Jury convicts ex-CIA engineer for leaking the agency's hacking toolset

WikiLeaks published the tools and techniques the CIA uses to break into phones, computers and smart TVs.

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Joshua Schulte, the former CIA engineer arrested for what's being called the biggest theft of classified information in the agency's history, has been convicted by a federal jury. Schulte was arrested in relation to the large cache of documents that Wikileaks had published throughout 2017. That string of CIA leaks known as "Vault 7" contained information on the tools and techniques the agency used to hack into iPhones and Android phones for overseas spying. It also had details on how the CIA broke into computers and how it turned smart TVs into listening devices. A federal jury has found Schulte guilty on nine counts, including illegally gathering national defense information and then transmitting it.

According to The New York Times, Schulte was arrested after investigators traced the leaks to him. The former CIA engineer worked with a team in a secret building protected by armed guards to create tools, like malware, that were used to target the devices of suspected terrorists. In 2018, he was formally charged with 13 counts that included theft of classified information, obstruction of justice, as well as possessing and sending images and videos with child pornography. He's still awaiting trial on charges of possessing child pornography, which he allegedly downloaded from 2009 until March 2017.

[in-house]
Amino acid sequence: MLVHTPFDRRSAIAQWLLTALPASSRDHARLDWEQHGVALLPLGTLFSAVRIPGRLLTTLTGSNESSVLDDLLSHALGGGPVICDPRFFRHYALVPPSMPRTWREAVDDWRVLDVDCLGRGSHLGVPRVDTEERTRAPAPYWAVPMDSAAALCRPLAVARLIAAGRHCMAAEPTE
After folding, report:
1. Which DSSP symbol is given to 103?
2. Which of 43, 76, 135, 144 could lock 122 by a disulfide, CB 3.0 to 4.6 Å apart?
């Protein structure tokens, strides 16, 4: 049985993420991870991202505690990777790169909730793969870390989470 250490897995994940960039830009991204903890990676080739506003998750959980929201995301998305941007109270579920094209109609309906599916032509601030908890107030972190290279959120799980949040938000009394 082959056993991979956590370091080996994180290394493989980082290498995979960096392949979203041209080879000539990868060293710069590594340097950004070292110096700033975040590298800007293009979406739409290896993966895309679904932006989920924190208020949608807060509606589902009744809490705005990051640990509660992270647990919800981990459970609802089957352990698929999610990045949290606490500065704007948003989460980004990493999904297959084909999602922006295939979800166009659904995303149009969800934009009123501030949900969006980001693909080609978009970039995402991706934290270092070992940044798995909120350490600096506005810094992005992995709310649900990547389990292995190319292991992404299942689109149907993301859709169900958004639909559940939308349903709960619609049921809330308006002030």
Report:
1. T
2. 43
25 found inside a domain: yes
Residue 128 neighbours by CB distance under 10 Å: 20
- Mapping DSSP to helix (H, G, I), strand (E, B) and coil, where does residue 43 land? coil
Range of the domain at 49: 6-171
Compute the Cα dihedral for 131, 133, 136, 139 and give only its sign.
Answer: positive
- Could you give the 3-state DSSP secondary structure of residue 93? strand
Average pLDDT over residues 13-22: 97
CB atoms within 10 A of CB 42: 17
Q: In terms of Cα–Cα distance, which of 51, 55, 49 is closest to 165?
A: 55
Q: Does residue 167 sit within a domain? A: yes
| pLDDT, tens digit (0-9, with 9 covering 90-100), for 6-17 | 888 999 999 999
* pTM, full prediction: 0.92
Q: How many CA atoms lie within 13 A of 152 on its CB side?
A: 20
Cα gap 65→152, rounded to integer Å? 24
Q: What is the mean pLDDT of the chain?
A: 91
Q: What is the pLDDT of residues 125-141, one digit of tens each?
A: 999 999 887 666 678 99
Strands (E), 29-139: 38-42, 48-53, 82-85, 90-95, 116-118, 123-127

Schulte's original trial back in 2020 was declared a mistrial after jurors couldn't come to an agreement regarding some of hist most serious charges, illegally gathering and transmitting national defense information included. After that event, the former CIA engineer had decided to represent himself. As part of his closing arguments, he told the jurors that the CIA and the FBI made him a scapegoat for their embarrassing failure, repeating what his side had been saying from the time he was arrested.

While the judge, AP said, was impressed with his closing arguments, they weren't enough to get the jury on his side. In court, he argued that the government's case is full of holes and that he didn't even have motive to leak the CIA's hacking tools. Prosecutors, however, accused him of being a disgruntled employee who felt that he was disrespected when the agency ignored his complaints about his work environment. As retaliation, he allegedly tried "to burn [the CIA] to the ground." US Attorney Damian Williams said his actions rendered the "most valuable intelligence-gathering cyber tools used to battle terrorist organizations and other malign influences around the globe" essentially useless. Williams also accused Schulte of trying to leak more classified materials against the government while he was behind bars.

Schulte will have to face the court again to face charges related to possession of child pornography before a sentencing date can be set. The nine counts he was convicted of, however, are enough to keep him in prison for up to 80 years.

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